Whether lovers of the Saxon capital had for centuries preferred to label it ‘Florence on the Elbe’ or simply an astonishingly beautiful baroque city, by 1945 Dresden was little more than rubble. The end of the Nazi dictatorship was followed by more than four decades of communist rule, until the peaceful democratic revolutions from 1989 across eastern Europe changed everything.
Visiting Dresden today, it’s difficult to conceive of the utter destruction it suffered during the Second World War. The city had been in British and American bombers’ sights previously, but Dresden was spared major destruction until late in the war. Parts of the population theorised that this was perhaps down to providence, with others assuring themselves that it was because the Allies recognised the sheer beauty of their city – why would anyone destroy it?
The more hard-headed guessed that it was only a matter of time before large-scale bombing raids arrived. By early 1945, it was clear that the genocidal Nazi regime was nearing its denouement, defeat was imminent and Allied bombing was intensifying. And then, between 13 and 15 February 1945, Allied air raids destroyed Dresden, killing 25,000 mainly civilian lives.
To a degree, Dresden’s reputation as one of Europe’s great art and architectural treasures also started in destruction when, in 1491, half the city was devastated by fire. The city was rebuilt in a more Renaissance style, the royal palace being a prime example, which had become the permanent home to the royal family in 1485. In the 16th century, the city’s defensive walls were modernised, the Reformation transformed the religion of Saxony to Protestantism and the state’s leader was awarded ‘elector’ status – meaning he was part of a select few who could vote for future emperors.
August II, king of Poland and elector of Saxony, is Dresden’s most famous leader. Nicknamed August the Strong because of his legendary physical strength, France’s Louis XIV was his role model and he set about creating a royal capital to impress. Cost was of no concern, which enabled his favourite builders to create the original Zwinger complex, for example, which was packed with great works of art. In addition, August’s fascination with pottery changed the history of European art: he imported precious porcelain from China and Japan, and by 1710 his nearby Meißen works became the first place in Europe to work out how to manufacture porcelain (kaolin, China clay, was the vital ingredient).
Napoleon bestowed the title of ‘king’ on Friedrich August III of Saxony in 1806, but the French emperor’s defeat against the Allies in 1815 meant Saxony was on the wrong side at the Congress of Vienna and it lost substantial territory to Prussia. Post-Napoleon, Dresden city leaders sensibly decided to dismantle the no-longer necessary and inhibiting city walls, connecting it to Leipzig by railway as new parts of the city were created or older settlements incorporated. By 1875, Dresden had a population of 200,000, which leapt to 500,000 by 1900, with a more industrialised city attracting thousands from the countryside to work in the chocolate, cigarette and chemical/pharmaceutical industries. Richard Strauss premiered music in the city and Die Brücke art group became one of the most renowned in Europe.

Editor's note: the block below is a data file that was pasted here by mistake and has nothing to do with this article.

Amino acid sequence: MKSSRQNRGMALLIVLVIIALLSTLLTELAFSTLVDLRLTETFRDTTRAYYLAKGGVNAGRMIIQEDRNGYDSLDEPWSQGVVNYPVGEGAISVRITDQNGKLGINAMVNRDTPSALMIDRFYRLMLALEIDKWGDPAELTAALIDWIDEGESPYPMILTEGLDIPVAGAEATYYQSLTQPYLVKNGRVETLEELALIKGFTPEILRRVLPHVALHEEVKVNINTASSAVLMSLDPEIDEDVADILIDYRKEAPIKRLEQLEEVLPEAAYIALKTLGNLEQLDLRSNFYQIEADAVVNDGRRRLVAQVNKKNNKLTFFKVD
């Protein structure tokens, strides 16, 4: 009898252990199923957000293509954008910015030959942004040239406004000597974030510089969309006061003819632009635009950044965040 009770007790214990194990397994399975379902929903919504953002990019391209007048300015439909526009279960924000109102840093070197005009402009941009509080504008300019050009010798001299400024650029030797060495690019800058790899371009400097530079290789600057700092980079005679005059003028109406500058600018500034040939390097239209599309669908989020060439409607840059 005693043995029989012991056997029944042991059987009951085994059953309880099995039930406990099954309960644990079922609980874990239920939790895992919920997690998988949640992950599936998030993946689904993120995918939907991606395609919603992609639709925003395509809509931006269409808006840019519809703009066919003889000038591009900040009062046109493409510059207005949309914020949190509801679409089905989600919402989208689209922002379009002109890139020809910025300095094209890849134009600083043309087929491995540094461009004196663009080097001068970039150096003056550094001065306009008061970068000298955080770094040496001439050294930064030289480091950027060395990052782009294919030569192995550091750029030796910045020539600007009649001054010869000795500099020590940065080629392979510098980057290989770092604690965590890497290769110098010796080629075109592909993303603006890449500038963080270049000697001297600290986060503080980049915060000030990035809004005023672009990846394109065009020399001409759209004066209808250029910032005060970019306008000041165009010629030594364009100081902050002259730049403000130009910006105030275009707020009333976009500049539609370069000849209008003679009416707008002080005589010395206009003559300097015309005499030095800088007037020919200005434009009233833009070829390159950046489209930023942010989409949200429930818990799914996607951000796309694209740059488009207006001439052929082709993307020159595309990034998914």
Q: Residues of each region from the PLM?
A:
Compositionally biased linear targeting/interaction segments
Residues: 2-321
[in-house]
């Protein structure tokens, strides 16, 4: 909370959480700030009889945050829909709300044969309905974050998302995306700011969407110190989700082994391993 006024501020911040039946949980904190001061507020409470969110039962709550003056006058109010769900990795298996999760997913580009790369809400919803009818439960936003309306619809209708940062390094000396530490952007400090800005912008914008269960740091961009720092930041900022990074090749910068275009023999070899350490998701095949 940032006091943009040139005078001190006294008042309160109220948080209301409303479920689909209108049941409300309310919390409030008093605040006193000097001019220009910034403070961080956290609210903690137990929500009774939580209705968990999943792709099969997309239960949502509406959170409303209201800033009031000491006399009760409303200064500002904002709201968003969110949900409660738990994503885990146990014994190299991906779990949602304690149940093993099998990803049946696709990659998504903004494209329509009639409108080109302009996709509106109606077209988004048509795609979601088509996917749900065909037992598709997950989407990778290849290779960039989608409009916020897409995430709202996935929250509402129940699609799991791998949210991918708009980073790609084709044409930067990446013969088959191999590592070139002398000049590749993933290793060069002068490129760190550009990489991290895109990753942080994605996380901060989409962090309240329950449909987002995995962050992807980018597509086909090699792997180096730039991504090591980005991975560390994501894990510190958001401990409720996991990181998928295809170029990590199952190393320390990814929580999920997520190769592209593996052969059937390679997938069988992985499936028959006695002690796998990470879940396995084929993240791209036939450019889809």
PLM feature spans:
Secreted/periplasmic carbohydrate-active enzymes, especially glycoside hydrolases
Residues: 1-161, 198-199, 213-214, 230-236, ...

Similar to across Germany, defeat in the First World War meant the abdication of the Saxon king and a newly constituted democratic Germany. The World Economic Depression from 1928 hit Germany exceptionally hard, including Dresden. The Nazi take-over of power in 1933 was catastrophic for Europe. Among the six million European Jews murdered, the Dresden Jewish community was almost completely destroyed – 173 survived the Nazi regime, including the now-famous Romance language academic Victor Klemperer, who left an astonishing diary of his life under the Nazis.
Post-war Saxony came under communist rule and its capital, Dresden, began rebuilding, with some classic baroque Dresden buildings recreated. By 1963, there was a new Zwinger, by 1985 a new Semper Opera House. The famous 1989 demonstrations around East Germany (German Democratic Republic) for democracy also drew Dresdeners onto the streets. Since the fall of the Berlin Wall, Western-style capitalism has produced winners and losers, though on the whole Dresden has prospered compared to other large cities in the former East. While the far-right nationalist, anti-foreigner and rabidly anti-Muslim Pegida has captured headlines across the world, economically Dresden is doing well economically, notably with a relatively low rate of unemployment.
In 2004, UNESCO removed Dresden’s Elbe Valley from its World Heritage List due to the building of the Waldschlösschen Bridge, described as ‘a four-lane bridge in the heart of the cultural landscape which meant that the property failed to keep its outstanding universal value as inscribed.’ Nevertheless, tourist numbers are up and the region’s nickname of ‘Silicon Saxony’ reflects its reputation as a hugely important high-tech industrial centre (microelectronics and nanotech, for example). At the same time, more classic Dresden buildings have been rebuilt and restored, meaning that alongside its reputation as a hugely important high-tech capital, it has to some degree retained its reputation as Florence on the Elbe.